Laboratory and pathology practices will need to prepare for and adapt to the trends shaping the industry to avoid alienating patients or losing out to competitors. The first step is understanding the impetus behind these developments and why they matter.

Trend #1: The Move from Reactive to Proactive Care

Reducing healthcare costs is a major goal for almost every practice, from primary care to pathology. To achieve this, some healthcare organizations are focusing more on the patient-centered model of proactive care.

It’s as simple as it sounds: instead of a patient being treated in reaction to an illness or injury he or she already has, proactive care enables physicians and patients to collaborate to address health problems before they occur or advance. Whereas reactive care utilizes often costly medical intervention to treat or manage existing conditions, proactive care emphasizes preventative healthcare to avoid hospital stays, emergency department visits and other more drastic interventions.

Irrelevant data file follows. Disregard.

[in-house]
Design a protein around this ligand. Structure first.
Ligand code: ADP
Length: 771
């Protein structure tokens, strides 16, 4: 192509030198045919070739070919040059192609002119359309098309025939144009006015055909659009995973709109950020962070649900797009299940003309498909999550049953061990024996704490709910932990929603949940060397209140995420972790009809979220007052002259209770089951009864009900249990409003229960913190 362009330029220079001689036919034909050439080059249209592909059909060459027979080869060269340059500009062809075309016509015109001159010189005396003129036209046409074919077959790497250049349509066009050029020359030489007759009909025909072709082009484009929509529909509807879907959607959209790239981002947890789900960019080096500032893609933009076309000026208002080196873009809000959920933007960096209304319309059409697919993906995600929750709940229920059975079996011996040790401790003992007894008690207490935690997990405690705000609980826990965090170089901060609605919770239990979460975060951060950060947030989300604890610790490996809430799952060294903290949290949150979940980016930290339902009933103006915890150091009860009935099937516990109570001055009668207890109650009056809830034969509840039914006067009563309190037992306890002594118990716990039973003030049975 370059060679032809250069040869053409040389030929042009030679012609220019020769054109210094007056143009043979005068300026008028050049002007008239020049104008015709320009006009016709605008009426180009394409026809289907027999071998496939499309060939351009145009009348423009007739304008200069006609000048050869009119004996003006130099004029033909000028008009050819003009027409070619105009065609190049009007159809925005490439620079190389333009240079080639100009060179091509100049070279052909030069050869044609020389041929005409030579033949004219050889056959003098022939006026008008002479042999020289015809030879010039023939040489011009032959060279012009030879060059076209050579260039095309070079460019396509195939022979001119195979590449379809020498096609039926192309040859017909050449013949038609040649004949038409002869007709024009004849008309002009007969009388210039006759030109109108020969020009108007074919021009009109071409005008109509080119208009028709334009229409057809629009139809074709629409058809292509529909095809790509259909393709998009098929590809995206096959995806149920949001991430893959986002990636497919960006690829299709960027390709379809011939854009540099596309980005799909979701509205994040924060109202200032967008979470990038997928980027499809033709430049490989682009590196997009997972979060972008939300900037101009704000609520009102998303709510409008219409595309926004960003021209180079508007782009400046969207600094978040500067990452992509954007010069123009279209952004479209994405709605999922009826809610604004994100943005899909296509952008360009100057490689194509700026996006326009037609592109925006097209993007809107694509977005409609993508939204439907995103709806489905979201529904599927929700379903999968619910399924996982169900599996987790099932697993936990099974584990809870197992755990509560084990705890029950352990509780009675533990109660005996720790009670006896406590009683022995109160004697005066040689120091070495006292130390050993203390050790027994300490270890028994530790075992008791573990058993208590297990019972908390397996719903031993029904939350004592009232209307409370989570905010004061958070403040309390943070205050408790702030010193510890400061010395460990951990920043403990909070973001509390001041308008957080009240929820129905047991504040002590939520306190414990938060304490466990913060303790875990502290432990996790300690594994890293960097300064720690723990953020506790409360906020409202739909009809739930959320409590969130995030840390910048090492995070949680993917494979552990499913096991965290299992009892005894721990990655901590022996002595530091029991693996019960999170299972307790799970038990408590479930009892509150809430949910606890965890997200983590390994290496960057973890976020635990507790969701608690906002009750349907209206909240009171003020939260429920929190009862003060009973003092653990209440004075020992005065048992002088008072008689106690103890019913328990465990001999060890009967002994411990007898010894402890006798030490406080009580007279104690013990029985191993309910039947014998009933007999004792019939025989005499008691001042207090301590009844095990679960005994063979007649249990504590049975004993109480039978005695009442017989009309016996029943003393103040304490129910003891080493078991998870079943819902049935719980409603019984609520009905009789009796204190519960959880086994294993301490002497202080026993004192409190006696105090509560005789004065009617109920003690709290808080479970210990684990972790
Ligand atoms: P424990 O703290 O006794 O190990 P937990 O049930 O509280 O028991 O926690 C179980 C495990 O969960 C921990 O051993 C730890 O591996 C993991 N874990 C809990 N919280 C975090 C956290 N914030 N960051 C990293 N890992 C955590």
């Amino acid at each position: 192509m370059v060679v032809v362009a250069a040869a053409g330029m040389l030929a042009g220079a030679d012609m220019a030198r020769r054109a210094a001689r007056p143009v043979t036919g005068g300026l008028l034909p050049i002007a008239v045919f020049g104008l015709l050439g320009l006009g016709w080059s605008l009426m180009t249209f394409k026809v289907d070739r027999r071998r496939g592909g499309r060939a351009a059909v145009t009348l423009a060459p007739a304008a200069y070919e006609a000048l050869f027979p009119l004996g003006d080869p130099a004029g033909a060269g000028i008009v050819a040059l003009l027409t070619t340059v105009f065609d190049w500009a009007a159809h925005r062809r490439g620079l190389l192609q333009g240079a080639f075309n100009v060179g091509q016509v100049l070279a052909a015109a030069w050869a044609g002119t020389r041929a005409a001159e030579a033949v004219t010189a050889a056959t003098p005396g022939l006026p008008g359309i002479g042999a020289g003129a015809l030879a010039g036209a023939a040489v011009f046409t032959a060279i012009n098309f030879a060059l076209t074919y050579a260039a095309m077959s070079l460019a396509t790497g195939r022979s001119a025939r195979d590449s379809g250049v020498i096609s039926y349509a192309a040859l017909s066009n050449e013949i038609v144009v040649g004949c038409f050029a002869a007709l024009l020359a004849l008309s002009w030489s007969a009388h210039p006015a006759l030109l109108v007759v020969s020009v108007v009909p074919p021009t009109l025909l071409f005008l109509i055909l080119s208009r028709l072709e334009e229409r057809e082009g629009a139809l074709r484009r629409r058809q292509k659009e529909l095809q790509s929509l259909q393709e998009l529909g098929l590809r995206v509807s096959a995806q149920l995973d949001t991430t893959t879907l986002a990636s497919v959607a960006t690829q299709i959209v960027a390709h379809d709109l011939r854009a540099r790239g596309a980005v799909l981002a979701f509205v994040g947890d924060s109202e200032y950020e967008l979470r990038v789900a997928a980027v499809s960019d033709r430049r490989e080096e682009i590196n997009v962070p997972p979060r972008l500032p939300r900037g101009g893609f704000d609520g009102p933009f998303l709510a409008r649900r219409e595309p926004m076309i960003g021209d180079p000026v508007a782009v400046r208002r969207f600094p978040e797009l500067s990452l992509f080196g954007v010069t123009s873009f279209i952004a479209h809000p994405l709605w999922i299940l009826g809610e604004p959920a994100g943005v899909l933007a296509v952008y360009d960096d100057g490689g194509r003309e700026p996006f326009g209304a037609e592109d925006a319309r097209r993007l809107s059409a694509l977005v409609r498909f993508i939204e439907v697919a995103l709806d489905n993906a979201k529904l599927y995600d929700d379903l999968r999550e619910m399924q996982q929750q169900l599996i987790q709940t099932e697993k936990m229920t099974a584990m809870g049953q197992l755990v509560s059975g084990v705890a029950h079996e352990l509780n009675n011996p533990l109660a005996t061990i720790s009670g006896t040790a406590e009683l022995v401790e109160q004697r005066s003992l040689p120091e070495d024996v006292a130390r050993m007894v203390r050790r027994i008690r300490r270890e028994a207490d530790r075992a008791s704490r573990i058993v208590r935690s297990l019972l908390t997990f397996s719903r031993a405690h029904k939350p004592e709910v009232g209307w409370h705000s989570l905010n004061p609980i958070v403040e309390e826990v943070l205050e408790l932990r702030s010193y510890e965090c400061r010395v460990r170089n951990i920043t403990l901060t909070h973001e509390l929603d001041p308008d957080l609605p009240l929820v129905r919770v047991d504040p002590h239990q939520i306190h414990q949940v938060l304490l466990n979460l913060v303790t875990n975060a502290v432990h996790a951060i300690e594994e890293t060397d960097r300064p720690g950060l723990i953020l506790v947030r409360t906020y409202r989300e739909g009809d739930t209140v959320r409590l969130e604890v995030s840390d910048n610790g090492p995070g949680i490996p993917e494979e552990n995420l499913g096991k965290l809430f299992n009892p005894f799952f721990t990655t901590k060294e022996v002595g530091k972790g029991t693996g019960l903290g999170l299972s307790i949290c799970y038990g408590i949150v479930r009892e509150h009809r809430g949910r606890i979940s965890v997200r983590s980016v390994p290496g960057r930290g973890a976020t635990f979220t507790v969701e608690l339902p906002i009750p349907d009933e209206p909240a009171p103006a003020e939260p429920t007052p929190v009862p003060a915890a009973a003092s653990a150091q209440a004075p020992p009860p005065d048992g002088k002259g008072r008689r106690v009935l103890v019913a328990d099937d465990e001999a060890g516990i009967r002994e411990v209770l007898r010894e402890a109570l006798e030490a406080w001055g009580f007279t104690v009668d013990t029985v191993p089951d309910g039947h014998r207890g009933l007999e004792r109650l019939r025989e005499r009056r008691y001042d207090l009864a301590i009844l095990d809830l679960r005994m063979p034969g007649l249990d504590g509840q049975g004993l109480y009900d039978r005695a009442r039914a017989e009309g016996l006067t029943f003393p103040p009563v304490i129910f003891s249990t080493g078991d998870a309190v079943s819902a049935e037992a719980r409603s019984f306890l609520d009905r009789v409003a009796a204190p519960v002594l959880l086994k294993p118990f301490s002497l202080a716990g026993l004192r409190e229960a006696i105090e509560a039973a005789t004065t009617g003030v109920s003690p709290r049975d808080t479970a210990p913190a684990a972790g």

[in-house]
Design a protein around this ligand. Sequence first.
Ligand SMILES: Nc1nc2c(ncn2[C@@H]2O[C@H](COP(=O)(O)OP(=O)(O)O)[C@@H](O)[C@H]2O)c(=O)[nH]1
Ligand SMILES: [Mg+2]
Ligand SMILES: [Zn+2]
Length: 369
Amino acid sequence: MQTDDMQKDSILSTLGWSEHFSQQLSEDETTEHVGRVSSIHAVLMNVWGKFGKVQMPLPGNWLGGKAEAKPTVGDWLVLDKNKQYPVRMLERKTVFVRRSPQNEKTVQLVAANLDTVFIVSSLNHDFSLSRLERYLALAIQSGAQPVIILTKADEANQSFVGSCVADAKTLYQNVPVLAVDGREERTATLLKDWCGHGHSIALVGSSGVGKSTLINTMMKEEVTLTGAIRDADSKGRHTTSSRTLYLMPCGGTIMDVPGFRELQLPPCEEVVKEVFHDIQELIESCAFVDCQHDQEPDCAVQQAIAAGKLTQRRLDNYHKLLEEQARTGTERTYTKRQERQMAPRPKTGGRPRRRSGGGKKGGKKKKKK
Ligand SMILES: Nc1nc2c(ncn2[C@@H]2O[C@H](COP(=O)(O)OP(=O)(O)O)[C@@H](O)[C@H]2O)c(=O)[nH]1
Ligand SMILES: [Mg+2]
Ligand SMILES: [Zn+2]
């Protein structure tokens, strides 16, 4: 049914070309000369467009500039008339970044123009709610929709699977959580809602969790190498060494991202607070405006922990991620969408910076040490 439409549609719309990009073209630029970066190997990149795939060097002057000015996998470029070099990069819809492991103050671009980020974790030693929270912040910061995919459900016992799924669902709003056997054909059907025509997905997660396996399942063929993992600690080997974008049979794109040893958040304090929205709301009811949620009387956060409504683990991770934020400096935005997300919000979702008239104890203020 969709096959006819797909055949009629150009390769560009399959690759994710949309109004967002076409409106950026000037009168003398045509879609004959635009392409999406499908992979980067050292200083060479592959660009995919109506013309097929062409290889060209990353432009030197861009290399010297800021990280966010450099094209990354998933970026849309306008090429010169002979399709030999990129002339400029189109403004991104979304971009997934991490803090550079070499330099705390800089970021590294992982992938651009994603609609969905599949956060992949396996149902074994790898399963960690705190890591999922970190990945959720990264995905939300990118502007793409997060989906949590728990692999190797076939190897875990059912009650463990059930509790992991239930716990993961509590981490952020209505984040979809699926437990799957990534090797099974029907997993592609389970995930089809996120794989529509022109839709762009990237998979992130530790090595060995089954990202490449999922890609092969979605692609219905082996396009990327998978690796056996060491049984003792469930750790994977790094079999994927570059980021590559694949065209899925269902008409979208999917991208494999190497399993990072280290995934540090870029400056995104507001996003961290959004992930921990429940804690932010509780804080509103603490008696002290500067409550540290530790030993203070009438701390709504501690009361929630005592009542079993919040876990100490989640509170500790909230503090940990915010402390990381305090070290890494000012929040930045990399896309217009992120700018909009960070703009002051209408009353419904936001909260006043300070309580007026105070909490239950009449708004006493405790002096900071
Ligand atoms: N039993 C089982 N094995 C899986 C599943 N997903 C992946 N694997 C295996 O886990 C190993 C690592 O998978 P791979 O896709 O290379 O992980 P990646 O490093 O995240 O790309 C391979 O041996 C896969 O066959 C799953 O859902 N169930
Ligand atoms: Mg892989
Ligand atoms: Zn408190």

In addition to lower overall healthcare costs, the proactive care approach of managing high-risk conditions aids laboratories, health systems and hospitals in moving closer to value-based care. It allows them to more easily achieve the Triple Aim of improving the quality of patient experiences, improving the health of populations and reducing the cost of care.

For pathology practices, the proactive care approach will most likely result in the need for the right tests to be ordered at specified intervals necessary to detect disease at its earliest stages and enable doctors to better track their patients’ progress. Digital tools will help with this process and allow for earlier diagnoses, easier medication management and more proactive care interventions.